How a unique Trade Finance Vehicle is helping to fill the gaps in Pacific island product deserts.

Menstruators in island nations largely rely on imported products, leaving them with few options to choose from and inflated prices. In the most remote areas, they may not have access to products at all, requiring home-made and at times unhygienic solutions. 

At the end of 2018, The Criterion Institute, Menstrual Health Hub, and The Australian Department of Foreign Affairs and Trade (DFAT) funded Pacific RISE hosted a workshop for menstrual health organizations working in the Asia-Pacific region, with the goal of uncovering opportunities to improve the market in this unique geographic setting. During this workshop, it became clear that to create a sustainable menstrual health ecosystem in the Pacific, additional financial investments needed to shift away from existing business models and look towards a collaborative approach.

The Pacific Island region is home to millions of people dispersed across hundreds of islands. (Image: UNICEF)

 

Reusable menstrual pads had been identified as a potential solution to these product-deserts, but the manufacturers are presented with the same issue—they would each still need to acquire the costly and difficult to find materials to produce their products. According to data gathered by the Criterion Institute, materials represent 70–90% of production costs for Pacific menstrual products, leaving little room for profits if these social enterprises are to keep consumer prices at an affordable level. 

But what if the supply chain could be de-risked through bulk purchase of materials? And what might happen if these informal enterprises could access credit? It would require a new and bold solution, which meant there was no guarantee of success and the financial risk to potential investors was significant. 

Photo by Mamma's Laef Vanuatu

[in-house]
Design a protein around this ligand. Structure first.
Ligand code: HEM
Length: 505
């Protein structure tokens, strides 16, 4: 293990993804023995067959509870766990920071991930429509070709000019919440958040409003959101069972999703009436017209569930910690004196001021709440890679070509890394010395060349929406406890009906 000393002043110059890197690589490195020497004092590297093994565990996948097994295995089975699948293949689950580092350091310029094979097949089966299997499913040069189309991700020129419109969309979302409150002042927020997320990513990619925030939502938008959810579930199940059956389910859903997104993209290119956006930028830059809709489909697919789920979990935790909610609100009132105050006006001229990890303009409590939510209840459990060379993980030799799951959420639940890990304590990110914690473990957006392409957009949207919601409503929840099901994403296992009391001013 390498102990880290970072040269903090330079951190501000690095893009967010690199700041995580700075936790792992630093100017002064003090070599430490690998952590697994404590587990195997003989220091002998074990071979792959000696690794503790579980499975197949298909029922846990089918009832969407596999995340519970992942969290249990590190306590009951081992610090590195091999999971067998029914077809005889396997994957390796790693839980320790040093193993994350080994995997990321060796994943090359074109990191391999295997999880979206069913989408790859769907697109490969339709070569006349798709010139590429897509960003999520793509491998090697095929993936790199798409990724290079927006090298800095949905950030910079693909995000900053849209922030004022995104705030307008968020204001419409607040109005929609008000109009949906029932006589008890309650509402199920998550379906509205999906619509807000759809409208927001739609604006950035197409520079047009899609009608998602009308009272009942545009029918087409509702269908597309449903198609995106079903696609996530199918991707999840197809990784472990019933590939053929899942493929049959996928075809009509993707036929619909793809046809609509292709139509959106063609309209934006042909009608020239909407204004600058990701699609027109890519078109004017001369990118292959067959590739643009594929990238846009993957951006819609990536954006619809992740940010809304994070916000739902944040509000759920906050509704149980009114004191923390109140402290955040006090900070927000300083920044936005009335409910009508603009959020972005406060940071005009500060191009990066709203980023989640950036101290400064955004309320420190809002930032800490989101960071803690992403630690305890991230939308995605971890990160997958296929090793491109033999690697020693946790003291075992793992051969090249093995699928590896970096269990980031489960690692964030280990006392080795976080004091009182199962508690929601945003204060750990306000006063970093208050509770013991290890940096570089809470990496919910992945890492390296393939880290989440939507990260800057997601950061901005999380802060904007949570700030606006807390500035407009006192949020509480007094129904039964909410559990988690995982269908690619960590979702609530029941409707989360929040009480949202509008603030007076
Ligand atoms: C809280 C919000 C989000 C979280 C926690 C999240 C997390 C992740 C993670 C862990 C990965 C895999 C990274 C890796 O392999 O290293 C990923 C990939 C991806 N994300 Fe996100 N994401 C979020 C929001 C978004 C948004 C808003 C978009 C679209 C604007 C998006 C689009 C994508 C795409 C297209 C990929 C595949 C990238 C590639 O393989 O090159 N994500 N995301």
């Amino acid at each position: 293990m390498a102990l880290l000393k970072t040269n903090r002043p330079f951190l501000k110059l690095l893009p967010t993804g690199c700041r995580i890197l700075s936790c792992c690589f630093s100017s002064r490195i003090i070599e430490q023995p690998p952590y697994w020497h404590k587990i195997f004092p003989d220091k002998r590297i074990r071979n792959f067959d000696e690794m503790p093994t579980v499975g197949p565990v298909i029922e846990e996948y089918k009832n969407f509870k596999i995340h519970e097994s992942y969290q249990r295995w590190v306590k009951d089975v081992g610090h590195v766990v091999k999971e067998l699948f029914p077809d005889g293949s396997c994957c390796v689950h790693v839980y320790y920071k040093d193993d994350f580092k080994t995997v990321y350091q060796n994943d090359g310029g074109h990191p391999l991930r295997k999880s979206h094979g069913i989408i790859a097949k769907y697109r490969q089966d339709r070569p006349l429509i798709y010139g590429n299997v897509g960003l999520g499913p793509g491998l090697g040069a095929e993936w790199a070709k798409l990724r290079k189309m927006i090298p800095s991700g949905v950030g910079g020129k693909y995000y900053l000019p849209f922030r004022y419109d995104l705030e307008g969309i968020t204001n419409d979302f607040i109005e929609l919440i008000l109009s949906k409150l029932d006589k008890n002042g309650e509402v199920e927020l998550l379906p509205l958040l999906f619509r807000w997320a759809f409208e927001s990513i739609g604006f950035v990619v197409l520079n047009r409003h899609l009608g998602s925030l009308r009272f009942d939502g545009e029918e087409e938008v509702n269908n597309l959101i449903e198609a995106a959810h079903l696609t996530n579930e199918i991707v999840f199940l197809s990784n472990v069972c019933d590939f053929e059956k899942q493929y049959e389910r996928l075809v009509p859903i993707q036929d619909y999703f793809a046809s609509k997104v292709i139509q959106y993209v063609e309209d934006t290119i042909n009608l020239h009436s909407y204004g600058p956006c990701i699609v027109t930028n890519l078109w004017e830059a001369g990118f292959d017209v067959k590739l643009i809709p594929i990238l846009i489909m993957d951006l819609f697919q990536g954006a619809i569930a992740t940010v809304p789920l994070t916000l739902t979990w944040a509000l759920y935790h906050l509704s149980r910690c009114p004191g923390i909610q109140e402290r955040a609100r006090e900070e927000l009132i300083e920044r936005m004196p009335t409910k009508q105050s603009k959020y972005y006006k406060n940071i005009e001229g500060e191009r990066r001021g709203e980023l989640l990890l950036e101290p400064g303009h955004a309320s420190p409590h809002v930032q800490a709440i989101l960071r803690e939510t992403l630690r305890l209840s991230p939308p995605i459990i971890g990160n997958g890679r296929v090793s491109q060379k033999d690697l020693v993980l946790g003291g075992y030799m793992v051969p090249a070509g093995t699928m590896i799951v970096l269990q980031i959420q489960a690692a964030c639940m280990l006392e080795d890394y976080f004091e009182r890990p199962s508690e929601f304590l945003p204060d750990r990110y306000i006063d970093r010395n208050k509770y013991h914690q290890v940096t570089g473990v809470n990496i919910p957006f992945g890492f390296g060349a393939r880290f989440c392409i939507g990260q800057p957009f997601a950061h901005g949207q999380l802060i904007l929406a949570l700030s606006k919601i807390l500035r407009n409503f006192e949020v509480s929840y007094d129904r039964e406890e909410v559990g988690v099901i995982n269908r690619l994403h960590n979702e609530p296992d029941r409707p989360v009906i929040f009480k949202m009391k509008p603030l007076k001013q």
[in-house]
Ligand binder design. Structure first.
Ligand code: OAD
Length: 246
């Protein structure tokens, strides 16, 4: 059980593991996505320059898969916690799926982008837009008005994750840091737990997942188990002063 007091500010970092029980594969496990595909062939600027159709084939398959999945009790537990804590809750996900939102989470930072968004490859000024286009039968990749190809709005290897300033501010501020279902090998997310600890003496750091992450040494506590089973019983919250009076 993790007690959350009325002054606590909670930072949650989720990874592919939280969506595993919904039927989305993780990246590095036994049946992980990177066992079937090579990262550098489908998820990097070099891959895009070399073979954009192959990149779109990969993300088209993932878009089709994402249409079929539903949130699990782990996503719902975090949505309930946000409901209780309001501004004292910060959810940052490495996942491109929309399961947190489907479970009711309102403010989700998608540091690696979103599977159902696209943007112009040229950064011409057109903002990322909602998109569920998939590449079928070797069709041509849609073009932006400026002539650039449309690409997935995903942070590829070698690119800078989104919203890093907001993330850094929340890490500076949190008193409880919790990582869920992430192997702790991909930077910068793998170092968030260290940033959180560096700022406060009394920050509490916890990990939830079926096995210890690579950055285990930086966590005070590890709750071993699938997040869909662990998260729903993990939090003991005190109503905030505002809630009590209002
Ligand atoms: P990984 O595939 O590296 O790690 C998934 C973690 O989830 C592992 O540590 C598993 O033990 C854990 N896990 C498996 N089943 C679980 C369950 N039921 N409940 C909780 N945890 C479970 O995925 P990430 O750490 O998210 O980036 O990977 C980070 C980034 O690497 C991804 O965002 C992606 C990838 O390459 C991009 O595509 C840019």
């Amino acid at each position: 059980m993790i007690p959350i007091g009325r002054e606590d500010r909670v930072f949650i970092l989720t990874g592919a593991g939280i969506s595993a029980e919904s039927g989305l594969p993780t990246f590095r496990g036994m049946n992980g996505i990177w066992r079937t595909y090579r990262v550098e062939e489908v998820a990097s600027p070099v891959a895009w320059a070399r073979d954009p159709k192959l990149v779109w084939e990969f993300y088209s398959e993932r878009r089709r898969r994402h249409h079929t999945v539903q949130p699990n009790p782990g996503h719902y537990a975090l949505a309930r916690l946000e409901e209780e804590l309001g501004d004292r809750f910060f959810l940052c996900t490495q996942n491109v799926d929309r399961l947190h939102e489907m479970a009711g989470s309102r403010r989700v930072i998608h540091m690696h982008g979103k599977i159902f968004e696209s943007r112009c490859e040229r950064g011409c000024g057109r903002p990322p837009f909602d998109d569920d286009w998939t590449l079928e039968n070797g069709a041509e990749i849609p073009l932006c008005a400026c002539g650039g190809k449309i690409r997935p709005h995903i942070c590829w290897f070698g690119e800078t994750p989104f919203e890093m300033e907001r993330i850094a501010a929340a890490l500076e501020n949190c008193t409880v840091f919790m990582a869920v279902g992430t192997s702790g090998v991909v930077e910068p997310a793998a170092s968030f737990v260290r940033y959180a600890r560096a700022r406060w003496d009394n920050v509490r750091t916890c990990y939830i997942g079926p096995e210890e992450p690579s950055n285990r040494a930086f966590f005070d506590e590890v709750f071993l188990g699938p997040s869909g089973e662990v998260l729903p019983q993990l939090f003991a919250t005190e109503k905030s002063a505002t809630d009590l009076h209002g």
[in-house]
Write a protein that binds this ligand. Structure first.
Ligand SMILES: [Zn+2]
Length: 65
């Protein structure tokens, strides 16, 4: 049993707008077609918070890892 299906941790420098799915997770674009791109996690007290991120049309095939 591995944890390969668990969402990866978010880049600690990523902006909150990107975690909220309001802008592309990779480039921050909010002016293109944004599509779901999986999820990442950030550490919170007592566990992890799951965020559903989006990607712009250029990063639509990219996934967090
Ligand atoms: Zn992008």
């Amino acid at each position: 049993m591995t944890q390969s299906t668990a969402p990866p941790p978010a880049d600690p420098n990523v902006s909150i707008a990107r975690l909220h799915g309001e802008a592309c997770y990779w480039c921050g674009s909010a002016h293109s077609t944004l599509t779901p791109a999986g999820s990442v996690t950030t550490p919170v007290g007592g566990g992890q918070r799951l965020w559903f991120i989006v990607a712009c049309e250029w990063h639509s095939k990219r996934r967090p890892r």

So, in 2019 Pacific RISE put out a call for tender looking for an experienced intermediary to establish and manage the project in the form of a Trade Finance Vehicle (TFV). Through the TFV, this intermediary would reduce the payment and supply risks that would accompany direct investment in this groundbreaking pilot.

The Pacific Trade Finance Vehicle (1.0)

Bringing together community capital to support social impact initiatives is something that Red Hat Impact (RHI) has been doing successfully since its inception in 2016. As the implementing partner of the Pacific TFV, RHI coordinates investors and funds, arranges purchases and shipping, and works directly with local manufacturers. 

People shouldn’t be bound by balance sheets. If a social entrepreneur is dreaming about growth, we find out how to support that by helping them determine the right amount of risk to take on and enabling them to succeed.

– David Carbines, Co-Founder and Director of Red Hat Impact

With the collected funds, RHI made a bulk purchase of production materials from China and then shipped the material to a warehouse in Brisbane, Australia. To help each enterprise decide how much material to purchase and what payment terms they are most comfortable with, RHI works directly with the entrepreneurs by looking at their past sales and future goals.

Some of the enterprises participating in the Pacific TFV are:

Photo by Mamma's Laef Vanuatu

The program is already gaining recognition. Red Hat Impact and the TFV were recently recognized at the 2020 Australian Impact Investment Awards as Impact Market Builder of the Year. According to David Carbines, the TFV is already increasing the entrepreneurs’ confidence and productive capacity and their social enterprises. 

For The Case for Her, the Pacific TFV is a dynamic addition to our portfolio. As participants in the first trade finance vehicle designed to de-risk the supply chain for menstrual products, this investment is an exciting learning opportunity, and we’re looking forward to sharing the results.

Wendy Anderson
Co-Founder of The Case for Her | + posts